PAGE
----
A national magazine's "Biggest Food Stories" omit a few things, like farmers, ranchers, and rural communities.
One of the first things we noticed about The Atlantic’s list of the “10 Biggest Food Stories of 2010” is that there is no mention of either the people or the places that produce food. The only farmer (and only farm) the magazine mentions is First Lady Michelle Obama and her White House garden.
When it comes to “food policy,” according to The Atlantic, rural America doesn’t exist.
Instead, we see that the first story on the magazine’s list is “The Meat Trend.” Atlantic associate editor Daniel Fromson tells us there is a sudden “foodie passion for cured meats, braised veal cheeks, jammy bone marrow, and do-it-yourself butchering.” There is apparently a famous DIY butcher in Brooklyn.
In much of Yonder, butchering and curing meat isn’t so much a trend as what you do in the fall. Which got us wondering whether what The Atlantic considered the 10 biggest food stories were anything like what we’ve covered here at The Daily Yonder.
It’s probably not too much of a surprise that there is little overlap between The Atlantic’s list and The Yonder. The Atlantic’s list of important stories includes “foraging,” for example. The story here is that there are now people roaming the countryside looking for mushrooms, ramps and even “weirder stuff.” (Weirder than a mushroom?) Also on the list are stories about reform of school lunch menus, the First Lady’s interest in food (and fat Americans) and the appearance of food trucks cluttering empty lots in every city.The list is heavy on New York City. Included among the ten most important stories about “food policy,” for example, is the fact that New York has six new upscale Italian restaurants.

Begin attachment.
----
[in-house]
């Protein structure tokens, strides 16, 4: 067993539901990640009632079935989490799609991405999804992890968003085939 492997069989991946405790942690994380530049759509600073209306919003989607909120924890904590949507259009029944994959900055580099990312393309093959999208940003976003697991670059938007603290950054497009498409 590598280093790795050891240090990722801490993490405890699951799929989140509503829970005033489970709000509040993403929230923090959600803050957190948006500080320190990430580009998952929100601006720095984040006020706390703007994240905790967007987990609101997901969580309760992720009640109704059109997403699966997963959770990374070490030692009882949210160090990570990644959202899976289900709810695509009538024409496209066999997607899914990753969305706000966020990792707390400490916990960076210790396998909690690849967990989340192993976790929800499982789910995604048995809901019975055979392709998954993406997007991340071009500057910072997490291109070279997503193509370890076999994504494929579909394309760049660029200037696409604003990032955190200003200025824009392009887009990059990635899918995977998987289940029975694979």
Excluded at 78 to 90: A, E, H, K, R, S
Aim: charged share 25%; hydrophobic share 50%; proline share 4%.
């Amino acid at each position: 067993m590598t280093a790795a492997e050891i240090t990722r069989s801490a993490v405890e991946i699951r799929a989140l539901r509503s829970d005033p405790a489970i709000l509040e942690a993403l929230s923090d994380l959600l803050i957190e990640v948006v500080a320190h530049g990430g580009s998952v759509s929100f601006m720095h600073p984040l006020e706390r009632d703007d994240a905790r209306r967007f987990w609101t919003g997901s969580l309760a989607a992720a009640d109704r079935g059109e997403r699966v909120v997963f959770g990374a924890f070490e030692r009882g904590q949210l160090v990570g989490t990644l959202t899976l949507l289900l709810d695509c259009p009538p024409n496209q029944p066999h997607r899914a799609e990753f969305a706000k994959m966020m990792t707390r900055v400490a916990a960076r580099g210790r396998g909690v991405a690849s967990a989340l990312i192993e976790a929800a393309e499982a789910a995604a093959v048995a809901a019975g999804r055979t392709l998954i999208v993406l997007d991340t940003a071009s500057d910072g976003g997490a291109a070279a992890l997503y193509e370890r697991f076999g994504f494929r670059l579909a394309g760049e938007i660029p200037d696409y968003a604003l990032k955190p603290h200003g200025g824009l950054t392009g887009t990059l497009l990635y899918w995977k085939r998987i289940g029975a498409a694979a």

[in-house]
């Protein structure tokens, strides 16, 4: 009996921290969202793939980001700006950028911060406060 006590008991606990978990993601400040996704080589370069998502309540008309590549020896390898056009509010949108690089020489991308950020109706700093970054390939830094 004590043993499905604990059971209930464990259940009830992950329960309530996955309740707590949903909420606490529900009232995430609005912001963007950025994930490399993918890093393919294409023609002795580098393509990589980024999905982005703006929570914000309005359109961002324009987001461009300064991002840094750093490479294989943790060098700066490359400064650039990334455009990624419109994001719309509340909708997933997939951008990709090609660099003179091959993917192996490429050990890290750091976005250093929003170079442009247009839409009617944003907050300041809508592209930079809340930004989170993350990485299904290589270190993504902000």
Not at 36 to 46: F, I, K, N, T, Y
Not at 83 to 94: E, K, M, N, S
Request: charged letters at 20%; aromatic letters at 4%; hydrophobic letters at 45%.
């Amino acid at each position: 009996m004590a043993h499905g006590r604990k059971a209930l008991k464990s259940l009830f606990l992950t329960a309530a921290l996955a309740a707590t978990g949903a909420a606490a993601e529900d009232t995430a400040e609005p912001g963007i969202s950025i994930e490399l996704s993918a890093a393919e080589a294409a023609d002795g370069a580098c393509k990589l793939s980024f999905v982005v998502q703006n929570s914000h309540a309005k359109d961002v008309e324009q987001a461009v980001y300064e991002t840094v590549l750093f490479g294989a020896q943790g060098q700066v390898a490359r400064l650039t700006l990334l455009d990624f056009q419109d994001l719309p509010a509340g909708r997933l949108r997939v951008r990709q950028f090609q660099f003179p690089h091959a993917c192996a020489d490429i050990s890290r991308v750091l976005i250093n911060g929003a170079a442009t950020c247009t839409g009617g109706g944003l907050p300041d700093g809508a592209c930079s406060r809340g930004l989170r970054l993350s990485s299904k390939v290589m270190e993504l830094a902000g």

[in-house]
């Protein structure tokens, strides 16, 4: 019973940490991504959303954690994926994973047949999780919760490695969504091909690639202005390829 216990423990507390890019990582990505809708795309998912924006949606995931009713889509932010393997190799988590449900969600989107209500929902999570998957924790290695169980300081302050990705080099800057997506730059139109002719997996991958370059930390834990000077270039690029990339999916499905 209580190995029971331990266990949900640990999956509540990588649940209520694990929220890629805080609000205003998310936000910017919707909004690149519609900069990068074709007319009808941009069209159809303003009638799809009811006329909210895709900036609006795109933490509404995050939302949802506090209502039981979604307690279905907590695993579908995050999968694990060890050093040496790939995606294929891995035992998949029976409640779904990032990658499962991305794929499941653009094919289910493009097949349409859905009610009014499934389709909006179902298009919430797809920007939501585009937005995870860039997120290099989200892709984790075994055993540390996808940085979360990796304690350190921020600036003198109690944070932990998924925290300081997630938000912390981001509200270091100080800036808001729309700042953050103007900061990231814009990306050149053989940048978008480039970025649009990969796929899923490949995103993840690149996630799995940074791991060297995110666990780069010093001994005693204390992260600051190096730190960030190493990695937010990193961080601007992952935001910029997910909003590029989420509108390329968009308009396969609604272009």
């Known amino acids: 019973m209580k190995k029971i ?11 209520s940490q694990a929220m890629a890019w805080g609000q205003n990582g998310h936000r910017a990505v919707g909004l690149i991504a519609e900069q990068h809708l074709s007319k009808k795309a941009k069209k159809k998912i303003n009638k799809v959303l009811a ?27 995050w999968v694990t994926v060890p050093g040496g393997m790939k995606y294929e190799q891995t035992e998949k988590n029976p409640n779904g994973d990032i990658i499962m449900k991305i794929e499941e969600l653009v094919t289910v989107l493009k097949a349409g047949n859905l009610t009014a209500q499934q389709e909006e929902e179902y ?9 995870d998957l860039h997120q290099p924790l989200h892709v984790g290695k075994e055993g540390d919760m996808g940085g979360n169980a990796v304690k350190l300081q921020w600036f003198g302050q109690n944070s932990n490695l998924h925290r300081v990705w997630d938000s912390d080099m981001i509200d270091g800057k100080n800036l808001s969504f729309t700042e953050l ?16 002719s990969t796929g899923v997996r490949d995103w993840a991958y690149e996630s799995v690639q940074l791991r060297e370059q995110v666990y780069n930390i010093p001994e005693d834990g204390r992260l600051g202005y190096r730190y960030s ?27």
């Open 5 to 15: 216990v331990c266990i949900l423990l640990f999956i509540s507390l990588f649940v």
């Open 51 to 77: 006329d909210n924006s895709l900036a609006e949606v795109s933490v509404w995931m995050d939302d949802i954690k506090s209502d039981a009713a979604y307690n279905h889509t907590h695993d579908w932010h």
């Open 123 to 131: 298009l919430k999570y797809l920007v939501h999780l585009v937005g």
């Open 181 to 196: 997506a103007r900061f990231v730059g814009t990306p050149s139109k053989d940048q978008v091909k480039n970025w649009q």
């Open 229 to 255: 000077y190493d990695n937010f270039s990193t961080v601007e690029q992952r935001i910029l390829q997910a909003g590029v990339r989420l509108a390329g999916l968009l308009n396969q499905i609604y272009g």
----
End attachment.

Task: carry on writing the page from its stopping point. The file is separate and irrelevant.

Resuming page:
We would agree with a few of Fromson’s picks. The egg recall was a big deal, as is the continuing saga of the food safety bill. The Atlantic included the long-running battle over genetically modified food on its list. That’s an important story about food policy.
In other words, we’d put three out of The Atlantic’s ten food policy stories on our list.
So, what stories are missing? Rural America, is the short answer. The magazine’s list is void of just about everything having to do with life, commerce, power and politics outside the largest urban areas..
We’d like to hear from Yonder readers about what they consider the most important food policy stories of 2010, but here are some stories that are on our list:
In June, the federal Grain Inspection, Packers and Stockyards Administration (GIPSA) issued a set of proposed regulations that would remake the relationship between livestock raisers and meat packers. The new rules would give livestock raisers and rural communities new powers to confront a packing industry that is becoming increasingly concentrated.
Over 2,000 livestock raisers came to Fort Collins, Colorado, this summer largely to support the proposed rule. One cattle raisers’ group said the meeting to support the rules was “the most important day in the history of the U.S. cattle industry and in rural America.”